There’s a line item in UBC’s 2020-21 budget that reveals one aspect of the pandemic’s impact.
Under “Student fees-International”, it shows $550.2 million in anticipated revenue without the global outbreak of COVID-19.
But due to the pandemic, this revenue is expected to fall to $473.5 million—a drop of more than $76 million.
And that doesn’t include the lost revenue from student housing, food services, parking, and events from having fewer international students being on campus.
UBC’s consolidated budget, pre-pandemic, forecast a $60-million surplus in 2020-21.
The recently approved consolidated budget, on the other hand, anticipates a record $225-million operating deficit.
Imagine the pandemic’s impact on all B.C. postsecondary institutions, which have relied increasingly in recent years on international tuition to balance the books.
A 2018 report by the B.C. Federation of Students pointed out that international tuition fees in B.C. were the second-highest in Canada for full-time study, averaging $23,331. It noted that four years of study at UBC would set an international student back $210,00, based on tuition fees, ancillary fees, and a cost of living adding up to $52,500 annually.
“International student tuition fees vary widely based on the type of institution,” the report states. “For Bachelor of Business Administration (BBA) programs, popular among international students, international student tuition fees range from $14,000 to $37,000 at universities—the average university tuition fee is $20,230 with colleges charging an average of $13,122.20.”
According to federal government data, the number of new study permits for students headed to B.C. was down 27.5 percent for the first six months of 2020, compared to the first six months of 2019.
Nationally, the six-month figure fell 23.7 percent.
Vietnam bucks international trend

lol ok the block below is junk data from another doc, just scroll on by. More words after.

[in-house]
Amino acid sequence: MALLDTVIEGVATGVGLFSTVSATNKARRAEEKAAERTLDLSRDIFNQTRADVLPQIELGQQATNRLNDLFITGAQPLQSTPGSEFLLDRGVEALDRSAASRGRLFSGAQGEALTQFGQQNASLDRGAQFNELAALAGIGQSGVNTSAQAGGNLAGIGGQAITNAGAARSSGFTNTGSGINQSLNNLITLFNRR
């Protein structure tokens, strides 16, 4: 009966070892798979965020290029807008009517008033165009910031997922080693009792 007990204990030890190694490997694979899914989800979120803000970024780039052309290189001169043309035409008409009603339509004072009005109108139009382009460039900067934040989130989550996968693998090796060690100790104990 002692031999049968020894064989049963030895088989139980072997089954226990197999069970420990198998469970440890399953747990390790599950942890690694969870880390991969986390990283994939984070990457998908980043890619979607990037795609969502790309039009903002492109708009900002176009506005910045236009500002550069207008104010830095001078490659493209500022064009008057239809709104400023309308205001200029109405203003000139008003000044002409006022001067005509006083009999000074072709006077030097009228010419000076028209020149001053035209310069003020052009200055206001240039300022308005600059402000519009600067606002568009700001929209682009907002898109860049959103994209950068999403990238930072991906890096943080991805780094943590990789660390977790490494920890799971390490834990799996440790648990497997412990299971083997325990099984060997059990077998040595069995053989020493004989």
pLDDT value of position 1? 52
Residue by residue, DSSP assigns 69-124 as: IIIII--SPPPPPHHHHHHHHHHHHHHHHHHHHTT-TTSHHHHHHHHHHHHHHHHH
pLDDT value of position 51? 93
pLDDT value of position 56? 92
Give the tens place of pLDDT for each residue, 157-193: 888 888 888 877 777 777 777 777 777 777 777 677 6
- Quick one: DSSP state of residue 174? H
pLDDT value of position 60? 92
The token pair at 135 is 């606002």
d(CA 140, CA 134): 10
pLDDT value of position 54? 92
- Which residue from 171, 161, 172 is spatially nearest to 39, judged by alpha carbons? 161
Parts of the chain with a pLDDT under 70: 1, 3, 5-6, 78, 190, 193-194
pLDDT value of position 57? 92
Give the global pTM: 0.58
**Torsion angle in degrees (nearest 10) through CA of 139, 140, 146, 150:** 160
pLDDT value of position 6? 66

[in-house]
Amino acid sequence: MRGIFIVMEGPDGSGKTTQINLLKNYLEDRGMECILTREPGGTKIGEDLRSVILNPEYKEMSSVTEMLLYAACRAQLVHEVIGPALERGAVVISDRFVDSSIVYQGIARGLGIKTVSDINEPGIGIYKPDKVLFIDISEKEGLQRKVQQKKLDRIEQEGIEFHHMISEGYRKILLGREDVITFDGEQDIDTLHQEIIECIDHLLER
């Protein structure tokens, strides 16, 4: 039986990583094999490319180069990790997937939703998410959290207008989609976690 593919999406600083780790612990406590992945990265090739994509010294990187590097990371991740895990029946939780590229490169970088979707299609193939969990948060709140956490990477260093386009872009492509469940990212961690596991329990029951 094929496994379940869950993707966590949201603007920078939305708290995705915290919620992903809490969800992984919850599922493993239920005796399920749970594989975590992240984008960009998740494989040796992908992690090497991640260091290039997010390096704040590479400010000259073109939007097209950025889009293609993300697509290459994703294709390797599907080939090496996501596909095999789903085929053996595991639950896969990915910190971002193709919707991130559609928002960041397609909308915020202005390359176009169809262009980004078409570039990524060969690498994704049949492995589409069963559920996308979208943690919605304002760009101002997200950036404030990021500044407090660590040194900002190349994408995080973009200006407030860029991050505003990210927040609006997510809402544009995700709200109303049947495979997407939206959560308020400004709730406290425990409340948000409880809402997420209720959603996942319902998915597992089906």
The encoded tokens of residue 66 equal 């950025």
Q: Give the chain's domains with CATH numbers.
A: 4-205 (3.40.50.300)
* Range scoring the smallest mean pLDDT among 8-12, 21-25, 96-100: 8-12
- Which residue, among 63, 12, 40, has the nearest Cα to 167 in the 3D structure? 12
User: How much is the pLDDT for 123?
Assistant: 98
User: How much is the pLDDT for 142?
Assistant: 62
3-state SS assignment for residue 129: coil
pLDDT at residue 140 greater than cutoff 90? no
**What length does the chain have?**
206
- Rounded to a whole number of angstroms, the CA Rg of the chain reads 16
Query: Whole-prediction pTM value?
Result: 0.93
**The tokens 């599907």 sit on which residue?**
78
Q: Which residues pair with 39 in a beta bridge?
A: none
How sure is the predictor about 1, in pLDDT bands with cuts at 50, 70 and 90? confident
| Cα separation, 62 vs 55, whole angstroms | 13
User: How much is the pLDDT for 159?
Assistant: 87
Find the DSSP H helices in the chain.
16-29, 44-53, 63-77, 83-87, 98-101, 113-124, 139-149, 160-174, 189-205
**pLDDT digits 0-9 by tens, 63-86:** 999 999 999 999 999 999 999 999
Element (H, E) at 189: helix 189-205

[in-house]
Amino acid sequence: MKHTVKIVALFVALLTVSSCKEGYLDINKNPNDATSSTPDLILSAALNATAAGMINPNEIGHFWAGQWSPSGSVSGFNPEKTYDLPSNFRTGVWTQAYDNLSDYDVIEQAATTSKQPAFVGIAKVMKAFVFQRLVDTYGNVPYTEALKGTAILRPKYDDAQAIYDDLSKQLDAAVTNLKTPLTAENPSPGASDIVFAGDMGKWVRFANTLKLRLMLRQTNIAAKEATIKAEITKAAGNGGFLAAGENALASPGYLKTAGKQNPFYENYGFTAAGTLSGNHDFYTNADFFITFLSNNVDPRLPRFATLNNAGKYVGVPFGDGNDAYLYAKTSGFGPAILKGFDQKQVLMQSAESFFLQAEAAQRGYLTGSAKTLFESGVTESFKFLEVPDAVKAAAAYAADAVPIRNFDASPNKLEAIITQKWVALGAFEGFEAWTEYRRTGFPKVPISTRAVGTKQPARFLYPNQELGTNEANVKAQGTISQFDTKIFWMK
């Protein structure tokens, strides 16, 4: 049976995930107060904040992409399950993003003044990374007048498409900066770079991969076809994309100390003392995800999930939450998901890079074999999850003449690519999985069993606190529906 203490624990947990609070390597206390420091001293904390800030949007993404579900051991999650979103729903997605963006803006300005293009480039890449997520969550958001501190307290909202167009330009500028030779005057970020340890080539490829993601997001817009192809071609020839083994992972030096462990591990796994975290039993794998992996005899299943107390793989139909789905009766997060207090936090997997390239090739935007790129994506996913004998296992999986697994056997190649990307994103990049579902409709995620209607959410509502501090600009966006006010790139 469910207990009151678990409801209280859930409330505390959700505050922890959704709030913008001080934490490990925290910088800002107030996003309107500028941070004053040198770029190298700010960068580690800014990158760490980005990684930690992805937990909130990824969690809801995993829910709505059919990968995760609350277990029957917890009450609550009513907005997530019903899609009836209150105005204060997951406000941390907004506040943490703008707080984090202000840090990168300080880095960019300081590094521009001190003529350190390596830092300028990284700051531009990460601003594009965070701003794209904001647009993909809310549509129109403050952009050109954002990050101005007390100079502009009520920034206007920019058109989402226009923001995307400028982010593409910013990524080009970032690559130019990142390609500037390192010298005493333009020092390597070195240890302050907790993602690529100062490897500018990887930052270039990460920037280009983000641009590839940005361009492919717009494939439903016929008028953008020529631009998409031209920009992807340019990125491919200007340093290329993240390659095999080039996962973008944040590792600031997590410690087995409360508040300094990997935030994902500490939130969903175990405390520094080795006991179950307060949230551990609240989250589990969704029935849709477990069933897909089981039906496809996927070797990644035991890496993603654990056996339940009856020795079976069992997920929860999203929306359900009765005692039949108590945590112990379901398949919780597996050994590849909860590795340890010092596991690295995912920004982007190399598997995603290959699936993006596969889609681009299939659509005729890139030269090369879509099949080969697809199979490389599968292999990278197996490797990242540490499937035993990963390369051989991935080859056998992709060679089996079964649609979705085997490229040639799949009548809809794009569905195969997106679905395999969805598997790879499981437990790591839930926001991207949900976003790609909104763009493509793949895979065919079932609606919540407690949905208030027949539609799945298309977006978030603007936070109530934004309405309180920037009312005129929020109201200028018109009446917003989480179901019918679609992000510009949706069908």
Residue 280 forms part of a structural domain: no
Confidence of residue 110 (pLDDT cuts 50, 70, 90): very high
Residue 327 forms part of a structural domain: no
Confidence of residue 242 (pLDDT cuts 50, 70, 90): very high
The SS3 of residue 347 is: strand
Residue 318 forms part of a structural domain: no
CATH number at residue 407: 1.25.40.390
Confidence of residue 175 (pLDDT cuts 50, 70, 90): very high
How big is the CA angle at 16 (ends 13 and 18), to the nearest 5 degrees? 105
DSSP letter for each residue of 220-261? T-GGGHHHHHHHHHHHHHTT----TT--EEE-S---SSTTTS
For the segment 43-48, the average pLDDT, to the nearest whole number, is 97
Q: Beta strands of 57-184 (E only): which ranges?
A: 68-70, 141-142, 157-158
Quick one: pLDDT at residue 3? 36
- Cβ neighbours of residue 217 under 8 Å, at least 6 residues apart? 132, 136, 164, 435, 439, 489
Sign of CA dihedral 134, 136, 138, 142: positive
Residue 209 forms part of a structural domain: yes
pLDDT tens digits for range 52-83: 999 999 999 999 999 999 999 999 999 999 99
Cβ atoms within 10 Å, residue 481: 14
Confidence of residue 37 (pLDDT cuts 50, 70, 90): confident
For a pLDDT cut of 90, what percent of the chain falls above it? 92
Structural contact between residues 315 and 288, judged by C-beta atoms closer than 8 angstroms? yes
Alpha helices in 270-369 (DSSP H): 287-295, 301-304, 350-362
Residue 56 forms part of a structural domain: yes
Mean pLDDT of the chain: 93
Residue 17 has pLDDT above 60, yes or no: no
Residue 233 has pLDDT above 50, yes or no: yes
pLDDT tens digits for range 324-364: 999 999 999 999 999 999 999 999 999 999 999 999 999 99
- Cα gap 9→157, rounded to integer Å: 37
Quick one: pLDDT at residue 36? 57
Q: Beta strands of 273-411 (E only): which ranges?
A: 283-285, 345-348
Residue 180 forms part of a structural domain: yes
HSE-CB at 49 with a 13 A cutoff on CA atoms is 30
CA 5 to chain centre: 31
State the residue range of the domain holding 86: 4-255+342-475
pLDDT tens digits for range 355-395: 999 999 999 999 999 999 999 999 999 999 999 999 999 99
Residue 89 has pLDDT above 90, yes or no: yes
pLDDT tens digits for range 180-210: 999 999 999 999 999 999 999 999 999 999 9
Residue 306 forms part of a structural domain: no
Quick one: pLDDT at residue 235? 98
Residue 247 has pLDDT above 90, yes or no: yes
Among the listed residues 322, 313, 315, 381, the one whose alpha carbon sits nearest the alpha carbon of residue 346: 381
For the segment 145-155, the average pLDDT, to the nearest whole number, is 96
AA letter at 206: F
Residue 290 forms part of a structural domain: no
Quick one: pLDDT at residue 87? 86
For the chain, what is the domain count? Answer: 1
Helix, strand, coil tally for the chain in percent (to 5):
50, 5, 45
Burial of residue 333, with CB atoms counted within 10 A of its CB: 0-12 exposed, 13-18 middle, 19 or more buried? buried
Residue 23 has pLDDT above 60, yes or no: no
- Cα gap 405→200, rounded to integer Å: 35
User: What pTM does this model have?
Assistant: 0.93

The Straight examined percentage changes for the 10 largest source countries in the first six months of 2019.
All but three showed declines in the first six months of 2020 compared to the same period a year ago.
The only exceptions were Vietnam (up 28.6 percent), Iran (up 2.6 percent), and Nigeria (up 1.4 percent).
The three countries with the most new study permits in 2019 all had double-digit declines in 2020: India (down 25.5 percent), China (down 35.5 percent), and South Korea (down 25.9 percent).
The fifth-largest source country for new study permits in the first six months of 2019, Brazil, experienced a 33.7 percent decline in the first six months of 2020. But the largest fall was the eighth-place country, Japan: its number declined by a whopping 46.5 percent.
The largest gainer, Vietnam, has only recorded 35 deaths from COVID-19, despite having a population of more than 95 million.
So it shouldn’t come as a surprise that Fraser International College, which supplies international students to Simon Fraser University, posted a video earlier this year on YouTube encouraging students from Vietnam to enroll.
In testimonials in Vietnamese, computing-science student Andrey Pham and business-administration student Hannah Mai lavished praise on the school, which enables students to transfer in their second year to SFU.
Earlier this month, new SFU president Joy Johnson told the Straight that her university is in “pretty good shape with international student enrollment right now”.
That likely sets it apart from many other institutions.
"In part, that’s because we have this partnership with Fraser International College," she said, "and so we had international students already on the ground."